India's Citizenship Law Triggers Mass Protests And Violence As Modi Calls For Peace
Tens of thousands of protesters marched on college campuses across India on Monday, saying a new citizenship law is unconstitutional because it treats Muslims differently from Hindus, Buddhists and other religious groups.
The mass demonstrations followed violence that erupted Sunday night, as police stormed a public university in New Delhi. Many of Monday's protests were organized at the last minute in solidarity with students in the capital who were beaten by police with batons and had tear gas fired at them. Videos posted to social media show bloodied students fleeing into a library and a men's restroom.
The Citizenship Amendment Act, which Parliament approved last week, offers amnesty and citizenship to immigrants who aren't Muslim and who entered India illegally from neighboring majority-Muslim countries: Bangladesh, Pakistan and Afghanistan.
Its backers say the law offers religious minorities an escape from persecution. But critics say it goes against India's constitution to view people differently based on their religion. They also accuse Indian Prime Minister Narendra Modi of pandering to his Hindu Nationalist base with the law.
Over the past week, at least six people have been killed in clashes between police and protesters, mostly in India's far northeast, where immigration is a sensitive issue. Many residents there fear new citizens will dilute their local culture and compete with them for jobs.
Protests have since spread to the capital and other cities, including Mumbai, Hyderabad and Kolkata. On Monday, Modi called for peace and calm after violence erupted at Jamia Millia Islamia University.
More than 200 people were injured when Delhi police stormed the campus on Sunday night. They fired tear gas and beat students with batons. Dormitories were evacuated. Videos posted to social media show bloodied students fleeing into a library and a men's restroom. The university's vice chancellor, Najma Akhtar, told reporters she's filing a police report — against police.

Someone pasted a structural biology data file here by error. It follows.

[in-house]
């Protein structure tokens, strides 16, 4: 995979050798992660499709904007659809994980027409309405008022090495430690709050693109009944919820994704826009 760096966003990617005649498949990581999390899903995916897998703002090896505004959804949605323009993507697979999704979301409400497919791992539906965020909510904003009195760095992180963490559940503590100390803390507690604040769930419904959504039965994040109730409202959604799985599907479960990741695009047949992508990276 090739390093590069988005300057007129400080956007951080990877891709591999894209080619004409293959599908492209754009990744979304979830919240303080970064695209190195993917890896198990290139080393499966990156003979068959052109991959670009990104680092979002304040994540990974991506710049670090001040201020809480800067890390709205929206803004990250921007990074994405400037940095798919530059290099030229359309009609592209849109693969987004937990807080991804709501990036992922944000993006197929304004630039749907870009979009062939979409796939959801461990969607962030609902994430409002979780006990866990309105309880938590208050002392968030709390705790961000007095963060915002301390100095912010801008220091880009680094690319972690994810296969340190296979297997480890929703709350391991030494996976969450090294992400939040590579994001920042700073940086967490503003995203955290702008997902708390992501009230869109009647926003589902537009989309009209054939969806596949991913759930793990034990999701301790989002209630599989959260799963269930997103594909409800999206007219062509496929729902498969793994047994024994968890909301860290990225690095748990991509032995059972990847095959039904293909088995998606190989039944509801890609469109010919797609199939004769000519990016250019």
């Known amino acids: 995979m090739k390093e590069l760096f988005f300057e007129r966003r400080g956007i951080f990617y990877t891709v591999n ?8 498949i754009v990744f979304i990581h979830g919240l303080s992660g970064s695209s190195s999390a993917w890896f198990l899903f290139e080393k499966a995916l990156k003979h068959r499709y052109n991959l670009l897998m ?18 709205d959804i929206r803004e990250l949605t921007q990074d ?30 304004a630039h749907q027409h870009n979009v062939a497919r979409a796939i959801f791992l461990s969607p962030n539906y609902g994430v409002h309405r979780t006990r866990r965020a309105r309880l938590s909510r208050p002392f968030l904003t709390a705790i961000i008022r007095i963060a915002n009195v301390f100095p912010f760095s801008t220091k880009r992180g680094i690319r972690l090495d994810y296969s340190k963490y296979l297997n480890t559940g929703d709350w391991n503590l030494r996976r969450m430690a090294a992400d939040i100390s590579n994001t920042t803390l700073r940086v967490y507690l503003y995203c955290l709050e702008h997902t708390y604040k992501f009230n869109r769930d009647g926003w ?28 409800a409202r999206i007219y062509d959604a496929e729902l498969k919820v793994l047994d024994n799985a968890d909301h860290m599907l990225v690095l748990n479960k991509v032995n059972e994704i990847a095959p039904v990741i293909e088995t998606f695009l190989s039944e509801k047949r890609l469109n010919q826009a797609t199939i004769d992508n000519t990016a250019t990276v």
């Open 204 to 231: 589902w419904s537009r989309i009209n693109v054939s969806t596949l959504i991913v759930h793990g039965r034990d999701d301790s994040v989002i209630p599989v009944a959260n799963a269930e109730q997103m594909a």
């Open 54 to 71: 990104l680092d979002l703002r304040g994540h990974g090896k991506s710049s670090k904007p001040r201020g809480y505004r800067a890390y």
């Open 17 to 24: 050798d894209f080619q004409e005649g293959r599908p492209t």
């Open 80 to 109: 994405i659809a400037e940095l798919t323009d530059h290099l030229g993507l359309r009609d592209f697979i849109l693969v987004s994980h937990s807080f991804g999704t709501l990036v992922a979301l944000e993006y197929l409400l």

"Damaged property can be recovered, but the emotional toll this has taken on our kids cannot be repaired," Akhtar said.
Modi says the protests against the new law are "unfortunate and deeply distressing." And on Monday, he sought to dispel concerns by saying on Twitter that no one who is currently a citizen of India has anything to worry about, regardless of their religion.
I want to unequivocally assure my fellow Indians that CAA does not affect any citizen of India of any religion. No Indian has anything to worry regarding this Act. This Act is only for those who have faced years of persecution outside and have no other place to go except India.— Narendra Modi (@narendramodi) December 16, 2019
A different message is being heard in West Bengal, the eastern state that borders Bangladesh. There, Chief Minister Mamata Banerjee called for a "mega rally" in Kolkata to protest what she says are unconstitutional changes to India's laws.
Banerjee, who later walked at the front of a huge march in Kolkata's streets, said via Twitter, "Come, let us all, every section of society, join this people's movement in a peaceful manner within the ambit of law."
In Mumbai, students read aloud the Indian constitution's preamble — which defines India as a secular democratic republic. In Delhi, protesters hoisted portraits of Mahatma Gandhi, India's freedom leader. They called the new citizenship law a betrayal of the equal rights and secularism Gandhi stood for.
India has one of the world's largest Muslim populations — about 180 million people — whom many believe are increasingly disenfranchised under Modi's government.
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